We lately made an excursion to Pratolino, on the Appenines, to see the vintage and the celebrated colossus, by John of Bologna. Leaving Florence in the morning, with a cool, fresh wind blowing down from the mountains, we began ascending by the road to Bologna. We passed Fiesole with its tower and acropolis on the right, ascending slowly, with the bold peak of one of the loftiest Appenines on our left. The abundant fruit of the olive was beginning to turn brown, and the grapes were all gathered in from the vineyards, but we learned from a peasant boy that the vintage was not finished at Pratolino.

We finally arrived at an avenue shaded with sycamores, leading to the royal park. The vintagers were busy in the fields around, unloading the vines of their purple tribute, and many a laugh and jest among the merry peasants enlivened the toil. We assisted them in disposing of some fine clusters, and then sought the "Colossus of the Appenines." He stands above a little lake, at the head of a long mountain-slope, broken with clumps of magnificent trees. This remarkable figure, the work of John of Bologna, impresses one like a relic of the Titans. He is represented as half-kneeling, supporting himself with one hand, while the other is pressed upon the head of a dolphin, from which a little stream falls into the lake. The height of the figure when erect, would amount to more than sixty feet! We measured one of the feet, which is a single piece of rock, about eight feet long; from the ground to the top of one knee is nearly twenty feet. The limbs are formed of pieces of stone, joined together, and the body of stone and brick. His rough hair and eyebrows, and the beard, which reached nearly to the ground, are formed of stalactites, taken from caves, and fastened together in a dripping and crusted mass. These hung also from his limbs and body, and gave him the appearance of Winter in his mail of icicles. By climbing up the rocks at his back, we entered his body, which contains a small-sized room; it was even possible to ascend through his neck and look out at his ear! The face is in keeping with the figure--stern and grand, and the architect (one can hardly say sculptor) has given to it the majestic air and sublimity of the Appenines. But who can build up an image of the Alp?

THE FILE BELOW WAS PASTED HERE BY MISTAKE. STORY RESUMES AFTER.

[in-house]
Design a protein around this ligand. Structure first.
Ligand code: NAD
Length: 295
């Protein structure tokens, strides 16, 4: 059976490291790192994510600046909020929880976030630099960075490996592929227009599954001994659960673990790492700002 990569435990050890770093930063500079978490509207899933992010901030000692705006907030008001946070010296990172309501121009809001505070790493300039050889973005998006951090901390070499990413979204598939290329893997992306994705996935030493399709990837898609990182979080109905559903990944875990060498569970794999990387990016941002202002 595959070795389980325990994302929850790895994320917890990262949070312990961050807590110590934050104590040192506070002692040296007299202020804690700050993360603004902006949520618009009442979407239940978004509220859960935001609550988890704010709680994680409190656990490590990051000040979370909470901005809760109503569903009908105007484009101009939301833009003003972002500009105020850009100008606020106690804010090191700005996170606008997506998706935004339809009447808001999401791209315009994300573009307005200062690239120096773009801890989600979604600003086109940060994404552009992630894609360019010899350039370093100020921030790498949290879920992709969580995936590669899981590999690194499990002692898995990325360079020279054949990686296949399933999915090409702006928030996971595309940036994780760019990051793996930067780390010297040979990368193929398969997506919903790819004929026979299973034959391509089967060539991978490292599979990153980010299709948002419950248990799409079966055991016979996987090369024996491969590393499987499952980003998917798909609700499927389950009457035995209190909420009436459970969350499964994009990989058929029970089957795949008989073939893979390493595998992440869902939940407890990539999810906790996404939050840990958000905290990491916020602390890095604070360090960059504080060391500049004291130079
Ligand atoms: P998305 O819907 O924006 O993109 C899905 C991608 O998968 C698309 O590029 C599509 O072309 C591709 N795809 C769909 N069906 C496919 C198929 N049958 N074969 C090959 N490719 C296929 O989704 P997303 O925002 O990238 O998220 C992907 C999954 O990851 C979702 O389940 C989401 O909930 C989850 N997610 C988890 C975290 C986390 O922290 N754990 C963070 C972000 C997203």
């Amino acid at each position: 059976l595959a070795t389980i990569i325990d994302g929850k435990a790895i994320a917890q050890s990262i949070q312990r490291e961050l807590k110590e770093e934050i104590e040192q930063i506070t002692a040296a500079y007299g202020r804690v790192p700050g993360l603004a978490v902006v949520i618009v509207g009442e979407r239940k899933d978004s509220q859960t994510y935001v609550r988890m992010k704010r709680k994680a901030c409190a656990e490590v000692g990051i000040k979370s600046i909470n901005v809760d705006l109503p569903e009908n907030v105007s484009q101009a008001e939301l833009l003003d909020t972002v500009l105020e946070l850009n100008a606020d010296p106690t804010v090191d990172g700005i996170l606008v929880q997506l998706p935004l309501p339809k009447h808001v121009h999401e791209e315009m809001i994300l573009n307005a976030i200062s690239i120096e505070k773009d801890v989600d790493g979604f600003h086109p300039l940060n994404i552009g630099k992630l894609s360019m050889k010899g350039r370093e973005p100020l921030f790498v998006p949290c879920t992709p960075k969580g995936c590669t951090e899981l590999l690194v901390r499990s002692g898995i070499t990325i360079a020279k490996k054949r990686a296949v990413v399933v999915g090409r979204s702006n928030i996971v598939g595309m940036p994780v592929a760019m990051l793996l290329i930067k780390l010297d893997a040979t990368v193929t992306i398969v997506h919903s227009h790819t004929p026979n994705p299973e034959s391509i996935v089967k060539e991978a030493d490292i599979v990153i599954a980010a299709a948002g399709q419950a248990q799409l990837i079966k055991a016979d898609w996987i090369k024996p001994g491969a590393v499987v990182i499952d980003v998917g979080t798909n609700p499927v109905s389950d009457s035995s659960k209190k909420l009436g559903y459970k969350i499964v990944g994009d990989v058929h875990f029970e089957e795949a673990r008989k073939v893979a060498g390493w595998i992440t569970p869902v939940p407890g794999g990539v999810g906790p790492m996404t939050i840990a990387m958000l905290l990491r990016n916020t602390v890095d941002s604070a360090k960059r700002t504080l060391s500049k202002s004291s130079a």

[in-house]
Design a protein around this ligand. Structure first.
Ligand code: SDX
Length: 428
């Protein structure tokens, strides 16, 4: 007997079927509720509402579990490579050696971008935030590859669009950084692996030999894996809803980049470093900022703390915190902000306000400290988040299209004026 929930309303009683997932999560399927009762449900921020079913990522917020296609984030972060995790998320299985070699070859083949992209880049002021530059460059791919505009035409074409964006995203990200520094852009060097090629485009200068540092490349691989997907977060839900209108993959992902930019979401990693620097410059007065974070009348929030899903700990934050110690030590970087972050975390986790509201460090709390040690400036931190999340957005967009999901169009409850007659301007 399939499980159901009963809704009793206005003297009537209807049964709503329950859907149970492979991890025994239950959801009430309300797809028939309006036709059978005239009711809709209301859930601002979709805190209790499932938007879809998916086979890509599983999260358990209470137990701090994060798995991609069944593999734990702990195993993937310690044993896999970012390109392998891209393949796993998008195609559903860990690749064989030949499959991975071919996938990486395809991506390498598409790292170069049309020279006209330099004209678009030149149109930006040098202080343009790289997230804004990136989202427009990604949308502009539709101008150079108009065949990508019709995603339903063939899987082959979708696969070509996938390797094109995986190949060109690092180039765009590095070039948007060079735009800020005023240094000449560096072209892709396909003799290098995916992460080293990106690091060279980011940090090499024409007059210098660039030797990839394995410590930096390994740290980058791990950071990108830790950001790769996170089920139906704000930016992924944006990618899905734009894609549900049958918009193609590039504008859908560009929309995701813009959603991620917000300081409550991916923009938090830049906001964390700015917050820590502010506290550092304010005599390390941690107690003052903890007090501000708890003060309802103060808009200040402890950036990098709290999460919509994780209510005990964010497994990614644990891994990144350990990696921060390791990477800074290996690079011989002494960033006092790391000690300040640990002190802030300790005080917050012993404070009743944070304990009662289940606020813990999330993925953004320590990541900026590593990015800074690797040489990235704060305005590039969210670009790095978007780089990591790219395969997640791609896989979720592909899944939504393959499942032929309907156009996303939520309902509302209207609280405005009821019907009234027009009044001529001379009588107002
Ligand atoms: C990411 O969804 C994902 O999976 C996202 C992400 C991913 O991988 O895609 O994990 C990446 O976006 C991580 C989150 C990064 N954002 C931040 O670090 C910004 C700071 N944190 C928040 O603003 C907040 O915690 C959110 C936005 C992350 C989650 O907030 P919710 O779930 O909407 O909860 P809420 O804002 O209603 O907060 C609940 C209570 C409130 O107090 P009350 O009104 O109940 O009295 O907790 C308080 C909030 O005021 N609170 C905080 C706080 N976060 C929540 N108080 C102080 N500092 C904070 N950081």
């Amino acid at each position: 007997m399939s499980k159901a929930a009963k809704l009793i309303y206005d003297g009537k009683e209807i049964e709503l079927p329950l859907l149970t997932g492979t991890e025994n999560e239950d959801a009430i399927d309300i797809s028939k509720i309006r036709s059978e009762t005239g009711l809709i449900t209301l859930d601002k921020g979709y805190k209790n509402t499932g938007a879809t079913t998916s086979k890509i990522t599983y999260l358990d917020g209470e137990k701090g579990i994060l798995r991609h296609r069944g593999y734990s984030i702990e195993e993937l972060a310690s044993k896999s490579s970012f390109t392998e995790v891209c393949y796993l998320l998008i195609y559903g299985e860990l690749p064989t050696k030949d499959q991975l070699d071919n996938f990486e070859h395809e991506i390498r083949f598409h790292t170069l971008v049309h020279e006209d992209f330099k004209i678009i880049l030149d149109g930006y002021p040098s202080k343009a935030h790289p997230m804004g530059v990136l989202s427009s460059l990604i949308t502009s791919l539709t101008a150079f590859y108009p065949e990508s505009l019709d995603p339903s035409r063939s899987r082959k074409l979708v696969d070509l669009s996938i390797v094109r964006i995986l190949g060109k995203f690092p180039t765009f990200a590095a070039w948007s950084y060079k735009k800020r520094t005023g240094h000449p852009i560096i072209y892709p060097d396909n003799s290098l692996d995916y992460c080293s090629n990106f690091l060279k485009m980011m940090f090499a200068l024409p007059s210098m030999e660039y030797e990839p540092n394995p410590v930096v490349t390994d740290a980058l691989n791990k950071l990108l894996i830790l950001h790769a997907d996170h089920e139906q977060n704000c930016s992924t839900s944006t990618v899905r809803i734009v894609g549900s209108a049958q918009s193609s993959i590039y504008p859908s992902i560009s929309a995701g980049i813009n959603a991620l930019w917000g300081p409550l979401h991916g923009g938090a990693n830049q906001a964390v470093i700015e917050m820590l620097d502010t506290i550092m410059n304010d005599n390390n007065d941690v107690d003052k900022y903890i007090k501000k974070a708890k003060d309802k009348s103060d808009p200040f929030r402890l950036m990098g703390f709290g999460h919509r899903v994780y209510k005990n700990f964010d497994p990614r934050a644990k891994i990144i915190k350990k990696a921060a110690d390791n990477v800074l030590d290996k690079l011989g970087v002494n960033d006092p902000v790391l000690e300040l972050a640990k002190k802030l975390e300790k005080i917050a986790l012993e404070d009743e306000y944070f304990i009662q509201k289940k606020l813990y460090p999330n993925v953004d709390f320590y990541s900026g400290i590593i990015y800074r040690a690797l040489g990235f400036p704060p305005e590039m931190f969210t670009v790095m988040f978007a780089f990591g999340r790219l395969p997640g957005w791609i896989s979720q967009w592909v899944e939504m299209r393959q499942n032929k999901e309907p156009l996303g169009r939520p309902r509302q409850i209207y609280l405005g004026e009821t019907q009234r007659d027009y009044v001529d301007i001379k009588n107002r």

We visited the factory on the estate, where wine and oil are made. The men had just brought in a cart load of large wooden vessels, filled with grapes, which they were mashing with heavy wooden pestles. When the grapes were pretty well reduced to pulp and juice, they emptied them into an enormous tub, which they told us would be covered air-tight, and left for three or four weeks, after which the wine would be drawn off at the bottom. They showed us also a great stone mill for grinding olives; this estate of the Grand Duke produces five hundred barrels of wine and a hundred and fifty of oil, every year. The former article is the universal beverage of the laboring classes in Italy, or I might say of all classes; it is, however, the pure blood of the grape, and although used in such quantities, one sees little drunkenness--far less than in our own land.